Edward Bellamy, Opera Browser, Quora, More: Thursday Afternoon ResearchBuzz, December 22, 2022


The Reminder: Edward Bellamy Association opens digital archive. “As an extension of their historical footprint, the Edward Bellamy Memorial Association announced a new digital archive on Nov. 29. The collection of historic remnants from author Edward Bellamy’s life joins the Edward Bellamy House as significant artifacts from the former author and Chicopee resident.”


PC World: Opera’s new Lucid Mode makes older video look like new. “Opera today has added Lucid Mode to its browser—an automatic feature that will sharpen and clarify older video on a variety of sites. Opera didn’t say what version of its desktop browser Lucid would be added to, but you’ll be sure to get it if you keep Opera up to date.”

TechCrunch: Quora launches Poe, a way to talk to AI chatbots like ChatGPT. “Signaling its interest in text-generating AI systems like ChatGPT, Quora this week launched a platform called Poe that lets people ask questions, get instant answers and have a back-and-forth dialogue with AI chatbots.”


Business Insider: Google’s management has reportedly issued a ‘code red’ amid the rising popularity of the ChatGPT AI. “Google’s management issued a ‘code red’ amid the launch of ChatGPT — the buzzy conversational AI chat bot created by OpenAI — as it’s sparked concerns over the future of the Google search engine, The New York Times reported.”

Hold the Front Page: Lockdown demand prompts weekly to escalate digital archive project. “The Herald Digital Archive Project was first launched by the Farnham Herald in November 2019, but its progress was stalled by the Covid-19 lockdowns. However, the lockdowns also prompted an increase in local interest for local newspaper archive material and the Herald has now got the project back on track. With the help of volunteers over the past year, 80pc of the Tindle-owned Herald’s physical paper archives – totalling some 785 volumes of newsprint – have now been inventoried, while 99,000 photo negatives have been indexed.”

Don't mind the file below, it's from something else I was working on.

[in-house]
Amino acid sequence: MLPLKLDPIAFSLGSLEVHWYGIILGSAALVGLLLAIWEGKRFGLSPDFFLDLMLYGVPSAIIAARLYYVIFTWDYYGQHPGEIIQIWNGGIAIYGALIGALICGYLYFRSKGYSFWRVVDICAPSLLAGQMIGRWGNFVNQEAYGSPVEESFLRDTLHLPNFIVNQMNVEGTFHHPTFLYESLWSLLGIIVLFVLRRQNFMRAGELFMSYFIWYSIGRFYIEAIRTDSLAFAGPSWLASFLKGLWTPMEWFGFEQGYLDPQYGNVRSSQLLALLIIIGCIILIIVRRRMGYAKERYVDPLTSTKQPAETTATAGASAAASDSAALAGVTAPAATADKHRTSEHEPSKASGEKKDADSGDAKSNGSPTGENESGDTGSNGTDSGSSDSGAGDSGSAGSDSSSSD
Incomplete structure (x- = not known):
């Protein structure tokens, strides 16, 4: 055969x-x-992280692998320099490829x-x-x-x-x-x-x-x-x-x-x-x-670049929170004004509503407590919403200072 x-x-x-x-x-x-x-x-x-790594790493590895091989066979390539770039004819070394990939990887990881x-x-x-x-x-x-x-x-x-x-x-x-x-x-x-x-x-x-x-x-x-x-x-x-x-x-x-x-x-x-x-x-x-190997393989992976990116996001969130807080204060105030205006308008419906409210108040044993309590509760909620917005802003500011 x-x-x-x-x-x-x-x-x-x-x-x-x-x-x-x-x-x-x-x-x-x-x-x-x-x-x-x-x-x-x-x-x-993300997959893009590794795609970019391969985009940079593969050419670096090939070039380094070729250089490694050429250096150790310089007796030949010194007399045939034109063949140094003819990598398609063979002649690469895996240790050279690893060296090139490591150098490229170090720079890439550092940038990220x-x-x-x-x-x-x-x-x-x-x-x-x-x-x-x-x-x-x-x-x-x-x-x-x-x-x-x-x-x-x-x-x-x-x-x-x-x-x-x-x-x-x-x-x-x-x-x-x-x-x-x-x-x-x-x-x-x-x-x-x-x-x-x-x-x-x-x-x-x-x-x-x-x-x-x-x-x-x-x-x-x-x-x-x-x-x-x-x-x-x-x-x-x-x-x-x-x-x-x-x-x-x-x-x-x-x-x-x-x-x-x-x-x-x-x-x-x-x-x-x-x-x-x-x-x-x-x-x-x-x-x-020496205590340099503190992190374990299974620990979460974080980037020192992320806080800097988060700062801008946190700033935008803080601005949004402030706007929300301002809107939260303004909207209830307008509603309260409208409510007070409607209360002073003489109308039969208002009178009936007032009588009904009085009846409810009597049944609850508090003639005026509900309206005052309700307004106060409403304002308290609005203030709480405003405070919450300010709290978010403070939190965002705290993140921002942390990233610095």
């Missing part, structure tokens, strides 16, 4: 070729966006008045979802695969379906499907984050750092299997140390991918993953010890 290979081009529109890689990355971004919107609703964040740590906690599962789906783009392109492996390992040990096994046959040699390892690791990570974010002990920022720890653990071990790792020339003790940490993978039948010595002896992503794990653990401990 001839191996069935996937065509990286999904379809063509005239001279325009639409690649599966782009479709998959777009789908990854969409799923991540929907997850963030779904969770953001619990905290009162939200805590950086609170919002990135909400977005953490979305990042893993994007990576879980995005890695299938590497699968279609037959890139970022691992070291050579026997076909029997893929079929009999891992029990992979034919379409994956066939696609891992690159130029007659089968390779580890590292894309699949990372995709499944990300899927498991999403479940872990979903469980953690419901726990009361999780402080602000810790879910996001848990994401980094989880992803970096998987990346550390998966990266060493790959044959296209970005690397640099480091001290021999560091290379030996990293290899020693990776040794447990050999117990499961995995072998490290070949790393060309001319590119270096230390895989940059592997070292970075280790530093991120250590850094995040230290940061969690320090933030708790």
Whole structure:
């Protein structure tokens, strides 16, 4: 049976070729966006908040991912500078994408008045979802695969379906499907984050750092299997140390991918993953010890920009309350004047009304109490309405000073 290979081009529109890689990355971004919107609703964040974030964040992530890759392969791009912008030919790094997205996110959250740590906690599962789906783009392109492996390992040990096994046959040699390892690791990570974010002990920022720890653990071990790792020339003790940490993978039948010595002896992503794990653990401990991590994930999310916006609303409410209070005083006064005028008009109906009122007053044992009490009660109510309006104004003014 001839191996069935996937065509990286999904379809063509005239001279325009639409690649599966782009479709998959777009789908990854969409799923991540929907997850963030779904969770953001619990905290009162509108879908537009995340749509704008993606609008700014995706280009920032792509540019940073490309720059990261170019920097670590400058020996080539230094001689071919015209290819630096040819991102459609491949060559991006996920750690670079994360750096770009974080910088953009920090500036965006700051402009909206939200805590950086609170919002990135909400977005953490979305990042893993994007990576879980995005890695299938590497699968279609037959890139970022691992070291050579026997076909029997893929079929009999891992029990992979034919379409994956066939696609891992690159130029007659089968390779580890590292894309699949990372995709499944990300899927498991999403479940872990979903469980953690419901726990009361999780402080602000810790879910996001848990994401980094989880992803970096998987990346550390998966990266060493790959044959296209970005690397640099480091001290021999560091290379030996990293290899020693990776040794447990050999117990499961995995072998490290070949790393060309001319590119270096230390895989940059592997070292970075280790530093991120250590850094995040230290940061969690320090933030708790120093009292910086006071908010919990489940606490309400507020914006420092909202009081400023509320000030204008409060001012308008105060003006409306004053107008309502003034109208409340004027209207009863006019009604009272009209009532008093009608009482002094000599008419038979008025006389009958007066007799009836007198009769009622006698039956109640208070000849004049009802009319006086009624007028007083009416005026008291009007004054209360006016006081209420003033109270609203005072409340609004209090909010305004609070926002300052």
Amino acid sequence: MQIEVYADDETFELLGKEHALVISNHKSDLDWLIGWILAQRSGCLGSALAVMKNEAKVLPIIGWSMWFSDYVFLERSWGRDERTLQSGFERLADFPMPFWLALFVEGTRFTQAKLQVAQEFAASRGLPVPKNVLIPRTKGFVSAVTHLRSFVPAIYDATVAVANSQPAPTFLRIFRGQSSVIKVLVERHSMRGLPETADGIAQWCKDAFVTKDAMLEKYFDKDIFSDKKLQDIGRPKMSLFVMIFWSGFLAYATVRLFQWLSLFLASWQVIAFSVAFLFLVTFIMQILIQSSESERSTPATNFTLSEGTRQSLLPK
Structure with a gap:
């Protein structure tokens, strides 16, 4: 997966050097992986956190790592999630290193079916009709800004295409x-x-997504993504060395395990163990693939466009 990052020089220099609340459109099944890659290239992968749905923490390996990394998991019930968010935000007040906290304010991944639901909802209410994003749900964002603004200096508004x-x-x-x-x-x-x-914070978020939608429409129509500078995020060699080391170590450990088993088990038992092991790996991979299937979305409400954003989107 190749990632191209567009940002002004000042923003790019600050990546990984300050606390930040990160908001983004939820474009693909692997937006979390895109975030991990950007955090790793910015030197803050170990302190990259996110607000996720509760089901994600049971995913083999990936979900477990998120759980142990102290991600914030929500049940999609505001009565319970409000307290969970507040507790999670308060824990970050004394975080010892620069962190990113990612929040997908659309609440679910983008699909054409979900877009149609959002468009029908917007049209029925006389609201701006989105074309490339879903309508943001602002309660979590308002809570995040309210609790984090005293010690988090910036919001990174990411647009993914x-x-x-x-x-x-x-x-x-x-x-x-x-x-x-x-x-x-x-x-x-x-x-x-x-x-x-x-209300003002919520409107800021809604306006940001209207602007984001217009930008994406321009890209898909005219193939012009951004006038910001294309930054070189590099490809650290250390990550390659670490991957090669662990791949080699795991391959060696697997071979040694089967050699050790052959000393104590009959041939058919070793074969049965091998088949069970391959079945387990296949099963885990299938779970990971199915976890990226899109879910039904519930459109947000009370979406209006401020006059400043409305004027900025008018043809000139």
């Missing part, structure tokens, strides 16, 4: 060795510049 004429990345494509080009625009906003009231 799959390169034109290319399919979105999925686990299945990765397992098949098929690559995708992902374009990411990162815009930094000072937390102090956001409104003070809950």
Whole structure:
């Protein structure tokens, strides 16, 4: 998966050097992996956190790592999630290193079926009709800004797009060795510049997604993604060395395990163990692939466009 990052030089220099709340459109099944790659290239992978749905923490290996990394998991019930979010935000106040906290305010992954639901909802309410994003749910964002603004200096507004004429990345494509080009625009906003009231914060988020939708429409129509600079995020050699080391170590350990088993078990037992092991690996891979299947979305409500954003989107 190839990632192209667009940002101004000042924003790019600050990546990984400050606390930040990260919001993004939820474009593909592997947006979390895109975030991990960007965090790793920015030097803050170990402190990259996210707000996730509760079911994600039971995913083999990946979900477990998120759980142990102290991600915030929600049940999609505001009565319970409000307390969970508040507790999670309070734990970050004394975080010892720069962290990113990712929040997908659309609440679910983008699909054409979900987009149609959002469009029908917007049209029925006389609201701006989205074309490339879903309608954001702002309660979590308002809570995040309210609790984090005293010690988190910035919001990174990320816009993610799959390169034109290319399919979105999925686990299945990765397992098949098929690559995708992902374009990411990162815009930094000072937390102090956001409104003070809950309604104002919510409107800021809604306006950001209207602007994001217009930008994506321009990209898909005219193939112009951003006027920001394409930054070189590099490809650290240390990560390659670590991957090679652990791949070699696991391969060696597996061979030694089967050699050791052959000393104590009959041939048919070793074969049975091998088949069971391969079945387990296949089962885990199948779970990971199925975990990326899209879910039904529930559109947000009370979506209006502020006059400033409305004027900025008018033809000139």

New York Times: ByteDance Inquiry Finds Employees Obtained User Data of 2 Journalists. “ByteDance, the China-based parent company of TikTok, said on Thursday that an internal investigation found that employees had inappropriately obtained the data of U.S. TikTok users, including two reporters.”

ProPublica: The IRS Hasn’t Released Nearly Half a Million Nonprofit Tax Records. “According to a ProPublica review of public IRS data, which powers our Nonprofit Explorer database, the agency is behind on releasing nearly half a million tax records, known as Form 990s, for tax-exempt organizations. The delays, which began two years ago, are stymying access to key financial information that governments, the public and grantmakers use to evaluate the nation’s tax-exempt companies.”

Bleeping Computer: FBI warns of search engine ads pushing malware, phishing. “The FBI warns that threat actors are using search engine advertisements to promote websites distributing ransomware or stealing login credentials for financial institutions and crypto exchanges.”


News@Northeastern: Twitter, Meta And Tiktok Dominated 2022. What Will The Social Media Landscape Look Like In 2023?. “Social media is such an integral part of modern life that any change on a platform can be seismic, and this past year was defined by change. TikTok’s star continued to rise, Meta struggled to maintain relevance as Mark Zuckerberg committed to the Metaverse and Twitter imploded under Elon Musk. Northeastern University experts say the social media landscape in 2023 will continue to be defined by these power players––but in ways that we might not expect.”

Boston University: Unearthing a Long Ignored African Writing System, One Researcher Finds African History, by Africans. “In the same way that the Roman alphabet has been adopted to write English, French, and Spanish languages, [Fallou] Ngom’s research revealed that people in Senegal, Guinea, Nigeria, and other parts of West Africa use a modified Arabic alphabet to write in a number of local languages: Wolof, Hausa, Fula, Mandinka, Swahili, Amharic, Tigrigna, and Berber among them. It was an enormous discovery. This writing system, called Ajami, dispelled the false notion peddled by European colonialists that large swaths of communities in sub-Saharan Africa were illiterate, with no native written languages of their own.” Good afternoon, Internet…

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